If a material is heated slowly, it will warm up evenly, which prevents cracking. But when something is heated quickly, like in a microwave, it can cause hot spots that heat up more quickly than the colder areas The opposing forces of expanding and static glass is what cause the shattering. On the other hand, if the materials cool too quickly, it will cause uneven shrinkage, which will have the same effect.

Pyrex has a shock resistance from -104°F to 428°F, which makes it generally safe for everyday cooking. This material is so tough that Pyrex is the standard material for use in scientific laboratories, where they are exposed to high temperatures.

The stories of Pyrex exploding in your microwave come from a few drastic cases where the thermal shock has been too much even for the borosilicate or tempered glass. Perhaps there was a manufacturing defect, like an air bubble in the glass 

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Remember, though, Pyrex is not indestructible! There is always a risk of your it cracking if you don’t take the right precautions. So let’s get into some ways to microwave Pyrex safely.

How to Microwave Pyrex Safely

So, I know so far we have only discussed how safe Pyrex is to microwave but there are some risks I need to bring to your attention.

The only risk to microwaving Pyrex is shocking the glass, which will cause it to shatter. This will only happen when a swift change of temperature takes place, and there are steps you can do that will reduce the likelihood. 

Here is how I recommend microwaving Pyrex safely:

  • Allow food to thaw completely before microwaving- Some Pyrex dishes come with BPA-free plastic lids, which make them ideal for freezing a whole dish of food at once. But you need to be careful when thawing, as taking the Pyrex from freezing temperatures to the warmth of the microwave can cause thermal shock.

I like to remove the dish from the freezer the night before and leave it on a plate in the fridge to defrost. Then I remove it from the fridge for at least 30 minutes before reheating it in the microwave. I don’t recommend thawing using a microwave in most cases but especially when you’re using Pyrex.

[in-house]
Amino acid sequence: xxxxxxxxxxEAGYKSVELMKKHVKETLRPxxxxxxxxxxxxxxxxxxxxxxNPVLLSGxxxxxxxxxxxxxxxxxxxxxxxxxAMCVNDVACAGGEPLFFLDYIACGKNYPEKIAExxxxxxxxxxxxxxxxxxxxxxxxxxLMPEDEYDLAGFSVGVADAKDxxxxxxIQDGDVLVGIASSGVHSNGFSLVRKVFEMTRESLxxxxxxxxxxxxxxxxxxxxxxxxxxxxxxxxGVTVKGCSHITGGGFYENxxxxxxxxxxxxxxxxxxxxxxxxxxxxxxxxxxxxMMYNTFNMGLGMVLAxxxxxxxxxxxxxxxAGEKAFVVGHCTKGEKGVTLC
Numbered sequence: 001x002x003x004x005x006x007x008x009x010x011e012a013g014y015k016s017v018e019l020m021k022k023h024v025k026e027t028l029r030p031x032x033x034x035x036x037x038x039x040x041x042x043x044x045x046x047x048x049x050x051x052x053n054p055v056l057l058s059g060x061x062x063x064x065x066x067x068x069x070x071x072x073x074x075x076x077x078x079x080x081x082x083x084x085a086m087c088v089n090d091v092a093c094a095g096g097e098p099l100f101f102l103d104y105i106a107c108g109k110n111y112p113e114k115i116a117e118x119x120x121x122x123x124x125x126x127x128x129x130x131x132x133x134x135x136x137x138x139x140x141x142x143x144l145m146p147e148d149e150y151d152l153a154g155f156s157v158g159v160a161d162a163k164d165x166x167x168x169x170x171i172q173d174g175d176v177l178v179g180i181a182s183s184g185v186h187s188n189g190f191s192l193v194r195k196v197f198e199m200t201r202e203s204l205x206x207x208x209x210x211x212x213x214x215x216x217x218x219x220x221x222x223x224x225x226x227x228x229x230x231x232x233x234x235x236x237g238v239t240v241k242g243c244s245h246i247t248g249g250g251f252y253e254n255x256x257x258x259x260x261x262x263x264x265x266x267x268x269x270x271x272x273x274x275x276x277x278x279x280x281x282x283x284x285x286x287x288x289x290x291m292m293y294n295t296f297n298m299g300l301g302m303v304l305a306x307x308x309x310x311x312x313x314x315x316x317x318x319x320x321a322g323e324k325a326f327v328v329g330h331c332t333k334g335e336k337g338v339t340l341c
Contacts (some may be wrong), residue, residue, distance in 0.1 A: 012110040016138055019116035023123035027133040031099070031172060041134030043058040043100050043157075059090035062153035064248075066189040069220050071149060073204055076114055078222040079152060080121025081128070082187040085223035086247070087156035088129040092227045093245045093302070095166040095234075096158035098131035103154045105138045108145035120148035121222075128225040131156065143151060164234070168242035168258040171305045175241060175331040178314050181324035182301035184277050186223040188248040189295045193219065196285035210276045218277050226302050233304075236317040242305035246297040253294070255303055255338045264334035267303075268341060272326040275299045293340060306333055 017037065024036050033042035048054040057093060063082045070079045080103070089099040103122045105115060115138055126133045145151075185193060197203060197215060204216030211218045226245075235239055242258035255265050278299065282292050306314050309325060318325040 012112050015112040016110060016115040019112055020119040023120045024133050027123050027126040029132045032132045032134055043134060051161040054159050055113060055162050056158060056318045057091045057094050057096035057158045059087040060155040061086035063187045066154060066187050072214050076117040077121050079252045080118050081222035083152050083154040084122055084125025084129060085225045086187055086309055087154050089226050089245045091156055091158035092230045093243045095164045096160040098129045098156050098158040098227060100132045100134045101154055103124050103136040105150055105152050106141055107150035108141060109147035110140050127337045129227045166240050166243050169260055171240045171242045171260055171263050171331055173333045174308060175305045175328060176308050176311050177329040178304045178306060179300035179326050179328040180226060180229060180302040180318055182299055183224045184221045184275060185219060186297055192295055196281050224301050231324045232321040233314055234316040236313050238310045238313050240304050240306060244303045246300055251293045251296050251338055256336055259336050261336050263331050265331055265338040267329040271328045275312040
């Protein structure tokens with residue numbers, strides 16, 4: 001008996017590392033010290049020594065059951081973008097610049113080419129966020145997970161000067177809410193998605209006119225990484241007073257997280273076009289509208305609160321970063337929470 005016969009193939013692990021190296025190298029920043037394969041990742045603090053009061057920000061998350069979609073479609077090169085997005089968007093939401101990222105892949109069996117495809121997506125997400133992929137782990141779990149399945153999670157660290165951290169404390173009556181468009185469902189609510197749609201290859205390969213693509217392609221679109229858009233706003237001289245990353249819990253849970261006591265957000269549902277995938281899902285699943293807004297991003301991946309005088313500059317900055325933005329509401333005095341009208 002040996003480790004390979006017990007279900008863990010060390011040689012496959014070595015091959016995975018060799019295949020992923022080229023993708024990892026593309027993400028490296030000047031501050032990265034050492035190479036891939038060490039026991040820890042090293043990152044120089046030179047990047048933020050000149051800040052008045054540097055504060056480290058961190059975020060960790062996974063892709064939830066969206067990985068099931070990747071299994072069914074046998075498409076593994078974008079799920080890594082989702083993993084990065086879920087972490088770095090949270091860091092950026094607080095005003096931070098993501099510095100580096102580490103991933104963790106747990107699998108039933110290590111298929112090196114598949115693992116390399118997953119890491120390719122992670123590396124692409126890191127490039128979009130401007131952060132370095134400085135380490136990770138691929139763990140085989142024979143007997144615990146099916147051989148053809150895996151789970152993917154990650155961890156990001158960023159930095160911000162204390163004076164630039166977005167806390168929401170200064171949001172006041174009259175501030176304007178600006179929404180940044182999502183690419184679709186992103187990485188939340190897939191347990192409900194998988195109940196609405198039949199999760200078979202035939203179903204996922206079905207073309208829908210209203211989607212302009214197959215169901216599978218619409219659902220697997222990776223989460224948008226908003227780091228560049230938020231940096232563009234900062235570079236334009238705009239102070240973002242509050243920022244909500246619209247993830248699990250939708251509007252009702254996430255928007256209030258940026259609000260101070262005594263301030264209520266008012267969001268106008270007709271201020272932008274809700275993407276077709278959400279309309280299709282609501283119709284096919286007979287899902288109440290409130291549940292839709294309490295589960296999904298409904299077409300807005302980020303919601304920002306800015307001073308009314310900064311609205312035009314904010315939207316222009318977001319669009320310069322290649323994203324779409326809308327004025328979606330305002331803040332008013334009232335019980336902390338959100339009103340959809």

• Use your Pyrex at room temperature- The best way to avoid your Pyrex getting thermal shock is making sure it is at room temperature before putting it in the microwave. Room temperature Pyrex is the strongest and has almost zero chance of getting shocked when heated. It may seem very tempting to place a Pyrex jug of gravy from the fridge straight into the microwave but this is a recipe for disaster. Instead, take it put the fridge in advance and let it warm up for a few hours before putting it in the microwave.
  • Don’t place hot Pyrex on a cold countertop- This is a problem that can sneak up on you just when you think you’re in the clear! 

As I mentioned above, thermal shock can also occur when the glass cools down too quickly. Putting your hot Pyrex onto a cold countertop can cause the Pyrex to shatter as the base suddenly cools. The best way to remedy this is to place the dish or jug onto a dishcloth or pot holder on your countertop to smooth the heat transition.

  • Don’t pour hot liquids into cold Pyrex- Even if your Pyrex is room temperature you need to be very careful when pouring hot liquids into it. I often use my Pyrex jug to measure out and dissolve my stock when making a dish. The safest way to do this is to make sure your jug is not on a cold countertop and let your boiling water cool slightly before adding it to the jug. On the other hand, if your Pyrex is hot from the microwave, I would avoid adding cold liquids to it right away as this can also cause cracking.

What About Other Brands of Glass Containers?

There are a lot of generic bakeware options on the market that can be just as good as Pyrex but you need to be very careful about reading the packaging. Its very easy to confuse regular glass with tempered glass at first glance and getting these confused can end in huge mess in your microwave. When you buy off-brand glass bakeware you need to check on the packaging that it is made from tempered glass and whether or not it is oven and microwave safe before you buy it.


Although there are a few precautions you need to take, Pyrex is safe to microwave. This is because it is made from powerful borosilicate or tempered glass that has a high level of heat resistance. Now go off and microwave your leftovers with the peace of mind that it’s not going to explode on you!

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Amy Hand
About The Author
After finding the chef life a little too high-paced, Amy decided to take her cooking skills and use them to teach others through food writing. She uses her knowledge as a pastry chef and experience as a head chef to write articles that are engaging and helpful while being as entertaining as possible.